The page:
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Is it Time to Switch to an Electric Car?

Is it Time to Switch to an Electric Vehicle?

Gas prices have been big news lately, but the story is a familiar one – prices are going up. When gas prices go up, more people start to consider whether an electric vehicle (EV) makes more financial sense. 

Some would argue that electricity rates have also increased, so that offsets the savings. But does it make that big of a difference? Which vehicle would actually be more cost effective in the short-term and long-run? And these costs aren’t the only factors to consider when you’re trying to decide if it’s time to make the switch to an electric vehicle. 

Let’s go over how to calculate the cost of driving a gas-powered vehicle vs an electric vehicle to decide which one is going to be the most affordable. 

Calculating the Driving Costs for Electric Vehicles vs Gas-Powered Vehicles

Will you pay more or less for electricity to drive the same number of miles that you would get with a gallon of gas? To determine whether a gas-powered vehicle or an electric vehicle will be less expensive to drive you have to look at more than how the cost of electricity compares to gasoline. 

You’ll need fives pieces of information to calculate and compare driving costs:

  • The average cost of a gallon of gasoline in your city
  • The price per kWh for your energy plan
  • The miles per gallon for the gas-powered vehicle
  • The MPGe for the electric-powered vehicle
  • How many miles you drive a month

Gas prices are pretty straightforward. Gas stations clearly state the price per gallon. You also probably already know how many miles per gallon your gas-powered vehicle gets.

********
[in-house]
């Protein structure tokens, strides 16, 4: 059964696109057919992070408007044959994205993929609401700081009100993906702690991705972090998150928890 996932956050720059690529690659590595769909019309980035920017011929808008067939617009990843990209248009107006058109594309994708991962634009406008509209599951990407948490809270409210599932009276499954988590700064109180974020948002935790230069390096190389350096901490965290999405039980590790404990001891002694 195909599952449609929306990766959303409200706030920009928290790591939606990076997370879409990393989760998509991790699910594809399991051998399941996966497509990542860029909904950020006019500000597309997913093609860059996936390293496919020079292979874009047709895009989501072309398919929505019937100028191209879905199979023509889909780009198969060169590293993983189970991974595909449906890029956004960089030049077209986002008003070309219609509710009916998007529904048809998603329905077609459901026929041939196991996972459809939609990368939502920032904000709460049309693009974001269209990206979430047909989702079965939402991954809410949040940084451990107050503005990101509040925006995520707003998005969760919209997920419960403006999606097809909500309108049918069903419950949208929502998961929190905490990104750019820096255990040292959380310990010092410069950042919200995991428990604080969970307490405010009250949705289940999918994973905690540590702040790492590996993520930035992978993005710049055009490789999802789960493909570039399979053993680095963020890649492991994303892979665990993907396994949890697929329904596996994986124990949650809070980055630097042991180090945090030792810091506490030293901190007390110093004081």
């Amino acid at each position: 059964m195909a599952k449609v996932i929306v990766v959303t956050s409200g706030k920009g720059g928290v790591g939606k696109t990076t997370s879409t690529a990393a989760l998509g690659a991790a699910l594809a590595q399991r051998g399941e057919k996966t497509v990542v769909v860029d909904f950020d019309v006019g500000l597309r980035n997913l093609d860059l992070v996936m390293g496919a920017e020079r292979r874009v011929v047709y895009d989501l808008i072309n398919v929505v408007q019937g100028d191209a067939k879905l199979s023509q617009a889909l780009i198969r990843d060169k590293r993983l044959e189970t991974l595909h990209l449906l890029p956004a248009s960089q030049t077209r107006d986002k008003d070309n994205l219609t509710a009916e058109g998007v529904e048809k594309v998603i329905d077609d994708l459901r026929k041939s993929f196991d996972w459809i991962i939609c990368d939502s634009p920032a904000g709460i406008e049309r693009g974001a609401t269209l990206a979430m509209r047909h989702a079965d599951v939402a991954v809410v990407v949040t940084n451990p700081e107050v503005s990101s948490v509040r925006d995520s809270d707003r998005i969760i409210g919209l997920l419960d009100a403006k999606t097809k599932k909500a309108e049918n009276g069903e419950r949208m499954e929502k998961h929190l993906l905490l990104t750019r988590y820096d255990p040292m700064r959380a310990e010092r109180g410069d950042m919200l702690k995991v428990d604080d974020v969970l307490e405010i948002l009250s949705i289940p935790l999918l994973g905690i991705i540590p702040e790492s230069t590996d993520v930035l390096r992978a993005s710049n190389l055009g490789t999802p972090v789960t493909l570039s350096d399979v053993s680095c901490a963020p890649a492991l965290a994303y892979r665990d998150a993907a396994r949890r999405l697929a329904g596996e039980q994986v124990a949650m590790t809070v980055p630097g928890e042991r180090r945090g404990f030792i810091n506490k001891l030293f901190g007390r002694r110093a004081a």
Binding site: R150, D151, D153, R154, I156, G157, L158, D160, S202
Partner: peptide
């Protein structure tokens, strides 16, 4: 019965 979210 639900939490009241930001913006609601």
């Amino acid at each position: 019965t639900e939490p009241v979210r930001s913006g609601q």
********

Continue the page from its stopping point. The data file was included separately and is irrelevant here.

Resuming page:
Calculating the cost per mile for an EV is a little more complex. The Environmental Protection Agency (EPA) came up with a way to express miles per gallon for an electric vehicle to make comparisons a little simpler. However many miles an EV can go on 33.7 kWh is it’s MPGe. The EPA determined 33.7 kWh contains the same amount of energy content as a gallon of gas. 

So, if an EV gets 50 MPGe that would be like a gas-powered vehicle getting 50 MPG. 

But that still won’t tell you which is cheaper. Even if the MPGe for an electric vehicle is twice as much as the MPG for a gas-powered vehicle, that doesn’t necessarily mean it’s cheaper. That’s why you have to know the average cost of a gallon of gas and your cost per kWh for electricity. 

Let’s take a look at an example to figure out which vehicle would cost less to drive. 

EV With 100 MPGe vs Gas-Powered Vehicle With 25 MPG

The kilowatt-hour rate is $0.15

The average cost for a gallon of gas is $4.70

1,000 miles driven in a month

Electric Vehicle Monthly Cost

1,000 miles / 100 MPGe = 337 kWh a month (10 x 33.7 kWh)

$0.15 x 337 kWh = $50.55 in electricity a month

Gas-Powered Vehicle Monthly Cost

1,000 miles / 25 MPG = 40 gallons of gas a month

$4.70 gallon x 40 gallons = $188 month in gas

In this scenario, the EV is the clear winner in terms of the monthly cost to go 1,000 miles. Of course, there are a lot of variables, and this is just one example with conservative averages. If the gas-powered vehicle got 35 miles a gallon and gas was $3.00 a gallon the monthly costs would be much closer. An electric vehicle is going to add to your electric bill, but not having to fuel up at a gas station means you’re likely going to save money overall.